Stoneleigh (Villanova, PA)In 1908, Samuel Bodine hired Olmsted Brothers to consult on the development, maintenance, and future subdivision on his estate. In addition to advising Samuel, they also gave landscaping advice to his son William, who built his own home on the northern edge of the property. After Sr. Bodine’s death in 1932, Otto Haas bought the land, again calling Olmsted Brothers back to Villanova, making it one of the firm’s longest associations with a single estate, spanning half a century.
Olmsted Brothers attempted to soften the Beaux Art style home, with work being overseen by firm member Percival Gallagher. Olmsted Brothers were again brought back in 1937 for minor landscape adjustments and to advise on selectively thinning overgrowth, and one last time in 1958 following a severe winter.
Elk Rock (Portland, OR)In December 1909, Scottish immigrant and entrepreneur Peter Kerr hired Olmsted Brothers to landscape the grounds of his estate. As with many Pacific Northwest designs, John Charles Olmsted was tasked with working on the estate, laying out roads and pedestrian paths, as well as choosing an orientation for the house to provide the best views of Mount Hood.
From 1916 to 1919, John Charles and Kerr, an avid amateur gardener, began planting a sprawling hillside garden, utilizing intertwining paths and streams to give off a wild essence, though it was highly manicured. While John Charles ended work in 1919, Kerr spent another thirty-eight years planning and maintaining his garden
Whitney Hall (Old Westbury, NY)Olmsted, Olmsted & Eliot were hired by W.C. Whitney to consult on where to place his home on his 530-acre estate. Writing to Frederick Law Olmsted in 1895, Whitney indicated he wanted to work with Charles Eliot, who he had a personal relationship with. At the time Eliot was ill, so Warren Manning was chosen to visit the site and write an extensive report.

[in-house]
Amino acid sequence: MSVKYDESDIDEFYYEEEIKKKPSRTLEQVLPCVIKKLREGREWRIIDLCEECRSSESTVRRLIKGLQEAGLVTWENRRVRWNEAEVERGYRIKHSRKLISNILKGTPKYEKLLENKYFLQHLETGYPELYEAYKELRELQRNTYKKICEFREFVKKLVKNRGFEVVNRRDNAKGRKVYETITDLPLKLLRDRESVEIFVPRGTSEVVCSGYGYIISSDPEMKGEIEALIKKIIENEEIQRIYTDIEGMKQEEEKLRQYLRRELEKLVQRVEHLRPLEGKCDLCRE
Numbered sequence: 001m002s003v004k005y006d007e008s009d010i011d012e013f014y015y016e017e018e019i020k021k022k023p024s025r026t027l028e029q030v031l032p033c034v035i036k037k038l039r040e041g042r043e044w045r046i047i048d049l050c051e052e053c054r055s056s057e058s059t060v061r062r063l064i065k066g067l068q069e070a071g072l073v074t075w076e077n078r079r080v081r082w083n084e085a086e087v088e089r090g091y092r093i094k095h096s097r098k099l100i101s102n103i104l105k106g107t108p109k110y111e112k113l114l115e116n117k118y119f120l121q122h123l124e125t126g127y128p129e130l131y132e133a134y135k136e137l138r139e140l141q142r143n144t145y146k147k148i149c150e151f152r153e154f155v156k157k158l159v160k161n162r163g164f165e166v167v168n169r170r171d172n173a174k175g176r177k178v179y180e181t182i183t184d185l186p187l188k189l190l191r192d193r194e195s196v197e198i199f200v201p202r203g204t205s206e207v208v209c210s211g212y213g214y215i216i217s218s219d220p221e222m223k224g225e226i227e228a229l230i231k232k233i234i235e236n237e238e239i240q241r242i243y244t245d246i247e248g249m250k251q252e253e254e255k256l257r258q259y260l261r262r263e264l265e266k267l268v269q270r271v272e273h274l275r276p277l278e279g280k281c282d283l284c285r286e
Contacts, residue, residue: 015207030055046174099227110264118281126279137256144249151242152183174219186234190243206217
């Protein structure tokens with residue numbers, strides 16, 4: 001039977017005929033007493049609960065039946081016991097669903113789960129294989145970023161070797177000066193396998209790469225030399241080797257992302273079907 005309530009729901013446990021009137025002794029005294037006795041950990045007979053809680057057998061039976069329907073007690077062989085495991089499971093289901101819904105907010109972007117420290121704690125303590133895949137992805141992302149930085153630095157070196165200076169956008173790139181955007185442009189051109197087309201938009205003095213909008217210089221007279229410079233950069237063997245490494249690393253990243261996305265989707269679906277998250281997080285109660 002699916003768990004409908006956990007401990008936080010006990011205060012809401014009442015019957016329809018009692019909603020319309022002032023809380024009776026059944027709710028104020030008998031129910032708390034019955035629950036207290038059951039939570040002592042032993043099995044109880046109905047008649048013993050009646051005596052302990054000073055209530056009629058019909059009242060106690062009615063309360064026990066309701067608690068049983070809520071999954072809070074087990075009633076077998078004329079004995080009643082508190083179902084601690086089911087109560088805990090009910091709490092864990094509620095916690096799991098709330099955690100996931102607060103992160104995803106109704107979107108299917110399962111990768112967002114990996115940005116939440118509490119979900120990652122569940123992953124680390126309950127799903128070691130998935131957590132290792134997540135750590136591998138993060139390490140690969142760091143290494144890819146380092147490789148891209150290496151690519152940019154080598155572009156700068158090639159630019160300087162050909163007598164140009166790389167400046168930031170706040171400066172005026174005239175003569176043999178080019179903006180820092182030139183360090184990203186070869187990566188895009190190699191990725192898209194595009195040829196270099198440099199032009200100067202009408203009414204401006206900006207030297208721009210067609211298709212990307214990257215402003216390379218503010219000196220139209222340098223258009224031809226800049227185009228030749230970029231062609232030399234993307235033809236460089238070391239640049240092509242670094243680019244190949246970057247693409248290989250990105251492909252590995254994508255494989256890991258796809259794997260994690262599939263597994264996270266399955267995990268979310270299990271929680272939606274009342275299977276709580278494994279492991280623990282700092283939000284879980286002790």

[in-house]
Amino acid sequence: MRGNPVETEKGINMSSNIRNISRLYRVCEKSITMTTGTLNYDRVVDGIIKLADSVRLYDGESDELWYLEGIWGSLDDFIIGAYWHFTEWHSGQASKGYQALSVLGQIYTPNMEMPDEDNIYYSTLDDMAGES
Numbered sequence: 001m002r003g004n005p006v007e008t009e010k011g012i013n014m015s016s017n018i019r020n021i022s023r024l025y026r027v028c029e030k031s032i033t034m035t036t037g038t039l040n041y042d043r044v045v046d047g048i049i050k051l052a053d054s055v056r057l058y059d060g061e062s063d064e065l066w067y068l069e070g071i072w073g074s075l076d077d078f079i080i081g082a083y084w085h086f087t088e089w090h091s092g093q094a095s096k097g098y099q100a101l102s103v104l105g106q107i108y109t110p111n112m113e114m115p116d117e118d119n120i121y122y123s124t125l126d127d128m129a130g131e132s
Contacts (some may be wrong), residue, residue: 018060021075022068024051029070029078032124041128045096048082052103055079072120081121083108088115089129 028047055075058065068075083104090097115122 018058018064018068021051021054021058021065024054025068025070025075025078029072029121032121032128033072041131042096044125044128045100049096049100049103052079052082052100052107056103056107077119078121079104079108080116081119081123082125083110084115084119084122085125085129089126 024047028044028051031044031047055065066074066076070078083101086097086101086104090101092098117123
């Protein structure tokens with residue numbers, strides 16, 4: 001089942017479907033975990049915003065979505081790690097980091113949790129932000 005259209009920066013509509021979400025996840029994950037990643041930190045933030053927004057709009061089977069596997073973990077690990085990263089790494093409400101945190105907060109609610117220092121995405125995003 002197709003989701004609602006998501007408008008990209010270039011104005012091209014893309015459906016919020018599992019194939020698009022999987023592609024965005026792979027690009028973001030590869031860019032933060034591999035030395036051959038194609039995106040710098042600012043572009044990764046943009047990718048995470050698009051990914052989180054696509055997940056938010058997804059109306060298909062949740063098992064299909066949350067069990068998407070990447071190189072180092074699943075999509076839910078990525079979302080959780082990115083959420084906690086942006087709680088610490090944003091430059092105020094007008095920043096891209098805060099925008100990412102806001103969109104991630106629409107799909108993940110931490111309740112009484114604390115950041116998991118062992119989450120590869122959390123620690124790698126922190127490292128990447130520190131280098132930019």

Oddly enough, the next communication was in 1923, when Whitney’s son decided to build a new residence, known as Whitney Hall, on his fathers’ grounds. Olmsted Brothers provided sitting recommendations, choosing one of the higher hills on the estate, as well as landscaping plans. In 1960, the Whitney estate was sold and is now the Old Westbury Golf & Country Club, though Whitney Hall remains.
C.L. Hutchinson Estate (Lake Geneva, WI)In 1901, John Charles Olmsted visited the estate of businessman Charles L. Hutchinson, set back three miles from Lake Geneva. John Charles appreciated the changing topography of the forested property and proposed adjusting the orientation of the house for better views.
To ensure privacy while also maintaining the water views, John Charles recommended lining the shore with “wild grapes and bittersweet, instead of bushes, so as to not unduly interrupt the view of the lake.” As for the lawn, John Charles included mostly shrubbery and perennial plants.
W.W. Powell Estate (Spokane, WA)The Powell Estate in Spokane was one of the last projects Olmsted Brothers designed in Washington, with James Frederick Dawson playing a leading role in the siting and architectural design of the house, as well as the landscape integration and orientation.
In the pits of the Great Depression, Dawson wrote on November 12th, 1934, that “we won’t get much out of it but then it might help out a little.” Surprisingly, the project became one of Olmsted Brothers most extensive residential designs in the Pacific Northwest. Olmsted Brothers provided advice on the house’s siting, floorplan, and exterior appearance, before the architect began developing plans.
Plantings at the estate were rich and varied, with flowering, fruit, shade, and evergreen trees, as well as native pines, evergreens and flowering shrubs. While Dawson was a skilled planter, he spoke to Spokane Park Superintendent John Duncan for advice on which species were best adapted to grow in local conditions.
A.S. Kerry Estate (Seattle, WA)Civic leader and businessman Albert Kerry hired Olmsted Brothers to landscape the grounds of his estate in the Seattle neighborhood of The Highlands on a triangular wooded lot. Olmsted Brothers created their landscaping plan in partnership with the architects, occasionally influencing the estate’s orientation and building placement, as well as designing exterior structures, the approach drive, and extensive plantings.